Can Bali’s tourism industry recover? And do they want to?

Every year, about 6 million tourists flock to Bali. And why wouldn’t they? This province of Indonesia has been rated one of the best travel destinations in the world for their high-end resorts, endless summer weather, beaches, waterfalls, culture, food, and more.

And the country banks on it. About 60% of Bali’s GDP is attributed to tourism.

But due to COVID, the nation is struggling. In 2020, only 1 million people came to visit. And in 2021, there were just 45 tourists — a 99.99% decrease. This precipitous drop can be attributed to the island’s stringent COVID restrictions, including:

No tourist visas.

To visit the island, you have to qualify for and purchase a business visa for $300.

Health protocol hurdles.

All visitors must take multiple COVID tests, get special health insurance, and quarantine for 10 days — even if fully vaccinated. CNN reported on a couple who had to fly into Jakarta, quarantine for 10 days, all the while hoping new regulations aren’t imposed, and then board a domestic flight to Bali.

Flight challenges.

Due to the pandemic, there are far fewer flights to Bali, and the seats that are available are more expensive than before. Plus the island’s international airport was closed to flights for almost all of 2021.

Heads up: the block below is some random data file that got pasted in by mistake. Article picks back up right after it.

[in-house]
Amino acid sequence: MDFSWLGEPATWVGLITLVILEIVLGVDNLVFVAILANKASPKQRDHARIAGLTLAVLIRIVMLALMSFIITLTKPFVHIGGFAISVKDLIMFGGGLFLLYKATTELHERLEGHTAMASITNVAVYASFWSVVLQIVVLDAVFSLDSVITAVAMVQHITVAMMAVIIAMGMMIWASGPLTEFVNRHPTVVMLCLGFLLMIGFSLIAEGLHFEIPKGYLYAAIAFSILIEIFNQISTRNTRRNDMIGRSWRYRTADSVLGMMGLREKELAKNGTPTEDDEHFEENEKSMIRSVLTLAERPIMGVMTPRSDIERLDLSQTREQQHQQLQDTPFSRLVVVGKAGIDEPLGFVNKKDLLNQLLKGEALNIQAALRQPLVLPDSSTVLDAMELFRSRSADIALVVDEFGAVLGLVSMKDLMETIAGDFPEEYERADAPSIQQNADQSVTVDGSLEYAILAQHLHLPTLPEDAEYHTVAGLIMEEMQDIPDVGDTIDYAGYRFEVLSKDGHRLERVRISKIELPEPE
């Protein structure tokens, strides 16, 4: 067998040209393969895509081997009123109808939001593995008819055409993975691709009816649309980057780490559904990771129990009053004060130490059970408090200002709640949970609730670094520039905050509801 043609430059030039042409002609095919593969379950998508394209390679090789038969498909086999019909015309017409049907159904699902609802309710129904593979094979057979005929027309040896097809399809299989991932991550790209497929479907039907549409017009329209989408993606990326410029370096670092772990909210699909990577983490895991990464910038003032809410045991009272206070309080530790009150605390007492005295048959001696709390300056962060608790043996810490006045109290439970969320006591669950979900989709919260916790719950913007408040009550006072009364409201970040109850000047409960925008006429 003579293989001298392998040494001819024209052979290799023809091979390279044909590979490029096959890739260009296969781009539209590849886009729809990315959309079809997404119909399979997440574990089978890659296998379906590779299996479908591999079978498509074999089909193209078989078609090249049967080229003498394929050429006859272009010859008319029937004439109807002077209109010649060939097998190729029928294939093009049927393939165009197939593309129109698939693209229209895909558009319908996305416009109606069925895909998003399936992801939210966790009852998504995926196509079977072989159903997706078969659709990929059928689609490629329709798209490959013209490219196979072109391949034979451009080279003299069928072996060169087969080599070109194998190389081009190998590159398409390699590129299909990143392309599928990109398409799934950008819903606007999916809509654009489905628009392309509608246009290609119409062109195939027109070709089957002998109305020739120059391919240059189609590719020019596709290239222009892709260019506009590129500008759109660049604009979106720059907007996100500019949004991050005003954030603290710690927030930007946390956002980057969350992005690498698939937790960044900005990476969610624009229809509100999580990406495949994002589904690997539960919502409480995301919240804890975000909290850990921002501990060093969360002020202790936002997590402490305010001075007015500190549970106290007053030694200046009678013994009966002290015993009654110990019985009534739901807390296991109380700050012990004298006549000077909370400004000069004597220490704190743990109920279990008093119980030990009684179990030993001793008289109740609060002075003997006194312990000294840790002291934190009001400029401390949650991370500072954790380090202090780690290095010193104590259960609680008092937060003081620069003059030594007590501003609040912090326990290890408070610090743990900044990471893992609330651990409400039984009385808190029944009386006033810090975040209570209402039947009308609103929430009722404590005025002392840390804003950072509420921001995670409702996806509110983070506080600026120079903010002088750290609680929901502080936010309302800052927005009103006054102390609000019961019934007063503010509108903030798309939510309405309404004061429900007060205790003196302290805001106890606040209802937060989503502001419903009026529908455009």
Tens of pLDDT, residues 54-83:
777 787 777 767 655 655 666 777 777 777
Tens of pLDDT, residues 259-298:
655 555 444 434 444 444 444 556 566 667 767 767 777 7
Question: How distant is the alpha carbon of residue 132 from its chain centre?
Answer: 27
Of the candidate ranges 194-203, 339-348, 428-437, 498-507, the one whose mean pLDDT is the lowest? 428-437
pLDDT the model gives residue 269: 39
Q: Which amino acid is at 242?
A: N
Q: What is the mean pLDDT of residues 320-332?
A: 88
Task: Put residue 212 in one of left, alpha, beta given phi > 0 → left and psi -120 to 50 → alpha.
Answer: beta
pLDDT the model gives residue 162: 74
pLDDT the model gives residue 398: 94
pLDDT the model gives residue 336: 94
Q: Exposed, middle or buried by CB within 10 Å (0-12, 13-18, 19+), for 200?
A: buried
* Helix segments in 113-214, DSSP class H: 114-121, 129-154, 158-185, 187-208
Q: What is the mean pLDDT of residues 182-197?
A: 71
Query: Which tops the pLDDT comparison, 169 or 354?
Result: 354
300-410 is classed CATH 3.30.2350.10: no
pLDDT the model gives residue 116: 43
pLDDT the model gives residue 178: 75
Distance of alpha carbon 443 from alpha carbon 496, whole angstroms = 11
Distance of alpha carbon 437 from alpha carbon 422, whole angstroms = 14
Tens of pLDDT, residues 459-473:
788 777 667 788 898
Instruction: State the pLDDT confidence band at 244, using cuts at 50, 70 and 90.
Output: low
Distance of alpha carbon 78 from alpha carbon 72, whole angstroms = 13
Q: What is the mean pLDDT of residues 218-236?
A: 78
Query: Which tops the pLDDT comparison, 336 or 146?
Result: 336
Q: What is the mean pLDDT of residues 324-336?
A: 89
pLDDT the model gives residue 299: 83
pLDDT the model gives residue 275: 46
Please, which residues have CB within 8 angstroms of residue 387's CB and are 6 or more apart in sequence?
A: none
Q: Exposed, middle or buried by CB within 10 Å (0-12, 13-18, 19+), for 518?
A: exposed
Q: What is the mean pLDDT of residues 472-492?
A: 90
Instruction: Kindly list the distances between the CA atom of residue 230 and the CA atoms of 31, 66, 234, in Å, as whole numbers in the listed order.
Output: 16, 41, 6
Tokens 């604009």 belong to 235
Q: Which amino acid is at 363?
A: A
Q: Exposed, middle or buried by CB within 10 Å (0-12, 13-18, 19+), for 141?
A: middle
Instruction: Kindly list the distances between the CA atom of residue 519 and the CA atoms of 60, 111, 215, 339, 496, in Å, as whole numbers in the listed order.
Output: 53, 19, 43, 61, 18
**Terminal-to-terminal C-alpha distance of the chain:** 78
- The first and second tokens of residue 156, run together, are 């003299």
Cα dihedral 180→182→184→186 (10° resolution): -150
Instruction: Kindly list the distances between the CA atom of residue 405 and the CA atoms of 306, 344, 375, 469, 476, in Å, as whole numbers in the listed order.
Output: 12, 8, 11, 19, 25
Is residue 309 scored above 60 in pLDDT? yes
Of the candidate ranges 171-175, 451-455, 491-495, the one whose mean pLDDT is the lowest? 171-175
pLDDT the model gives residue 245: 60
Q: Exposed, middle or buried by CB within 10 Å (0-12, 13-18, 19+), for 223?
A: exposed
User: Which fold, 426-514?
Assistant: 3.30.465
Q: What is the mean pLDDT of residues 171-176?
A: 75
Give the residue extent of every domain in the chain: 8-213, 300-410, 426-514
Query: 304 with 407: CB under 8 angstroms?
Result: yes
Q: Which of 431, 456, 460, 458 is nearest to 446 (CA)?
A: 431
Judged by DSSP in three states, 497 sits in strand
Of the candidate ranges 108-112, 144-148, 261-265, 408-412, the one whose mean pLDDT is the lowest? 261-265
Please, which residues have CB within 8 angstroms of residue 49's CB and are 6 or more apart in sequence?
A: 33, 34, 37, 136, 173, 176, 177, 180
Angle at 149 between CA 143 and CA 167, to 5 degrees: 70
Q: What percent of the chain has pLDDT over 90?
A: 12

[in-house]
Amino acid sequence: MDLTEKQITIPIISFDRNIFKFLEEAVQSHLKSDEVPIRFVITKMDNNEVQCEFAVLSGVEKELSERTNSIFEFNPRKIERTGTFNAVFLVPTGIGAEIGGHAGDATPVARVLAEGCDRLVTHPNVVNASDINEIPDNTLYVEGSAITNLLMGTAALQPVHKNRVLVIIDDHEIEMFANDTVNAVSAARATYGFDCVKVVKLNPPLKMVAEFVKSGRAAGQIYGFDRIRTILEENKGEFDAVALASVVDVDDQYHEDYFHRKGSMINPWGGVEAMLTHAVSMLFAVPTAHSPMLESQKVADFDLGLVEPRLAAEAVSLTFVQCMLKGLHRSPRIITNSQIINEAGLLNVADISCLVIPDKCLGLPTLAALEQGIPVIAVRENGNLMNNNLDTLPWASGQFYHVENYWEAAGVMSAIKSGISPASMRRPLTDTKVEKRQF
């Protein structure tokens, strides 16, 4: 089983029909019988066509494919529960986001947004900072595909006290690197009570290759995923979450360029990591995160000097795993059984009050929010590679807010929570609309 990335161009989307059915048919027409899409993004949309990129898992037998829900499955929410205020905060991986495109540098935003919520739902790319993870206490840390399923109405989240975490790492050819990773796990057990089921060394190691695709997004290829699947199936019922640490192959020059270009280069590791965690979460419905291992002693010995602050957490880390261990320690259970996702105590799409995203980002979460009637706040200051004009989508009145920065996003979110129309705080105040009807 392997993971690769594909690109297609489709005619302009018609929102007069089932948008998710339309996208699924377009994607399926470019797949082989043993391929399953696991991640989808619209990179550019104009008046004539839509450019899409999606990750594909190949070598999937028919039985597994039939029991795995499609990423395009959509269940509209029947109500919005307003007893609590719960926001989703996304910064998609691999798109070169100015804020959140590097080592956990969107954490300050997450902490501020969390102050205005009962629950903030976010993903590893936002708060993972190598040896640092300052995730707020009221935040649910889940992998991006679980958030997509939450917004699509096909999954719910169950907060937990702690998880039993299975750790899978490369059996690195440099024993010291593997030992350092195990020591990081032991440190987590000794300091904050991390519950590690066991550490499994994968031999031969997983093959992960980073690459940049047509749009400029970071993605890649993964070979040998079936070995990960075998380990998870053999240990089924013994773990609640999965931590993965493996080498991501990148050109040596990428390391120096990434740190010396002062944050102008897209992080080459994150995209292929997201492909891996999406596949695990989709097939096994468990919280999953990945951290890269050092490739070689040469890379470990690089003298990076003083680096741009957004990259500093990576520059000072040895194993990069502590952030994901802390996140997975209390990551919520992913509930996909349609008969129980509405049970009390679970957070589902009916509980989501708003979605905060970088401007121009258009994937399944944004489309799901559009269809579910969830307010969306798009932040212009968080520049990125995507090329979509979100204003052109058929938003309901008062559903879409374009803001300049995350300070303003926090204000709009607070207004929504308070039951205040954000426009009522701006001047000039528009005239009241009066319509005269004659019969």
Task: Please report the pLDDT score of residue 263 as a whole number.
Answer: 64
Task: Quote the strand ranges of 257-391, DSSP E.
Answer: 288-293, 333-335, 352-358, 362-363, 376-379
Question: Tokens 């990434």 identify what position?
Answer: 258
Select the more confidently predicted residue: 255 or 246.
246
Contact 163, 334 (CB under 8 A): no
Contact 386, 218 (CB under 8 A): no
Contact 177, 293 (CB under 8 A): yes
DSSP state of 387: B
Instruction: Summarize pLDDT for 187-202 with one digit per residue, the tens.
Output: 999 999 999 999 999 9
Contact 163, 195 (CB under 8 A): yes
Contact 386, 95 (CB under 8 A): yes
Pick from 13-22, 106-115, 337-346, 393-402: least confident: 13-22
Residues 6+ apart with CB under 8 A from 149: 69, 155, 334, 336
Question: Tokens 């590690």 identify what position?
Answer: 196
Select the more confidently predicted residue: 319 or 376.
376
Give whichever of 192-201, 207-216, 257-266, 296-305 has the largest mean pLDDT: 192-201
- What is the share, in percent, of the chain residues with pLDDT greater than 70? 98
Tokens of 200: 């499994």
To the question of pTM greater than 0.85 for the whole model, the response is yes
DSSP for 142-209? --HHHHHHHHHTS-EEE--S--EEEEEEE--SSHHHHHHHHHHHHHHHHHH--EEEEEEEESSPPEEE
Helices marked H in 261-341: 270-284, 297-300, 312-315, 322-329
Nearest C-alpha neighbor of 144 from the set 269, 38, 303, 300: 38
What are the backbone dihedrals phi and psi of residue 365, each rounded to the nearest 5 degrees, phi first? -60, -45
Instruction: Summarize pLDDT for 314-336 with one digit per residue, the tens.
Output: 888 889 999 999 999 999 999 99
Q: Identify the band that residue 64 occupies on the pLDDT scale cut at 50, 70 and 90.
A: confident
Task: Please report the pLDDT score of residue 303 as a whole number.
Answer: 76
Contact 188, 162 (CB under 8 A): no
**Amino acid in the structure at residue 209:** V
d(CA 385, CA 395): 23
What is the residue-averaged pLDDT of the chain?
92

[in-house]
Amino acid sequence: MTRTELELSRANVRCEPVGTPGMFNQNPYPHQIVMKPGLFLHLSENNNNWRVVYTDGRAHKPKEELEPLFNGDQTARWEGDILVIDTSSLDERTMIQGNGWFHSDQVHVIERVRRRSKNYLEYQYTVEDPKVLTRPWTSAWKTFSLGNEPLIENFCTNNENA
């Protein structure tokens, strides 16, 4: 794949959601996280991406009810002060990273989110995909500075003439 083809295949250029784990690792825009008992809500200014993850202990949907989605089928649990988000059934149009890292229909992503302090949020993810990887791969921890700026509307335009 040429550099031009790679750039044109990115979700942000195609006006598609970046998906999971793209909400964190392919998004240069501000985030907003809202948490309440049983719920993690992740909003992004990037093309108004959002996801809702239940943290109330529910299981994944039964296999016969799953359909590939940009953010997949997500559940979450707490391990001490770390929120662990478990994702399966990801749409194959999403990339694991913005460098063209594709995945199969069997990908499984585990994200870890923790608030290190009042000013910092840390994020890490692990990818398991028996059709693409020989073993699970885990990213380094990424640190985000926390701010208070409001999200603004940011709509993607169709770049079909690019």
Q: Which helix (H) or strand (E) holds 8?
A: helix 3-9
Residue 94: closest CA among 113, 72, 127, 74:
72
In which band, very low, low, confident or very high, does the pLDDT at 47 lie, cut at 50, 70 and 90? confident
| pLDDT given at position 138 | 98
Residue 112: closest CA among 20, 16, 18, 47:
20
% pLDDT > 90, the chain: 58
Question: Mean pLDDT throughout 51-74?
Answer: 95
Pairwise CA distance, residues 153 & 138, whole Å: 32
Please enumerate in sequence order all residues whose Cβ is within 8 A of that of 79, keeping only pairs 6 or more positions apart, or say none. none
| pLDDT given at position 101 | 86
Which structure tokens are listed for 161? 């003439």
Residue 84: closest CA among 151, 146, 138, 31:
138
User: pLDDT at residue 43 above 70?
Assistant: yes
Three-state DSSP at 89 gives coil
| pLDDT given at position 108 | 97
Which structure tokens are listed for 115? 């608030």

To help offset the losses, the industry has been catering to domestic tourists with reduced hotel prices for Indonesians who want to work beachside. This resulted in a 35% increase in local tourism. However, hotel occupancy is still down and the Bali economy fell 9.3% in 2020.

So the government has been working to boost other parts of their economy — such as agriculture, fishing, and others — to not rely so heavily on tourism in the future. This shift in policy will have ripple effects for Bali once the pandemic is over.

All of this on an island that was so popular a few years ago that it suffered from “overtourism.” So will the decrease in tourism and shift toward a more diversified economy be a blessing or a curse in the long run? And what do these trends mean for other similar and once-popular destinations?

Only time will tell. However, I am betting that the lure of beautiful beaches and luxury resorts will be too much for tourists to resist.

Danilo Diazgranados is an independent investor in the global food and wine, financial services, real estate, and the hospitality sectors.



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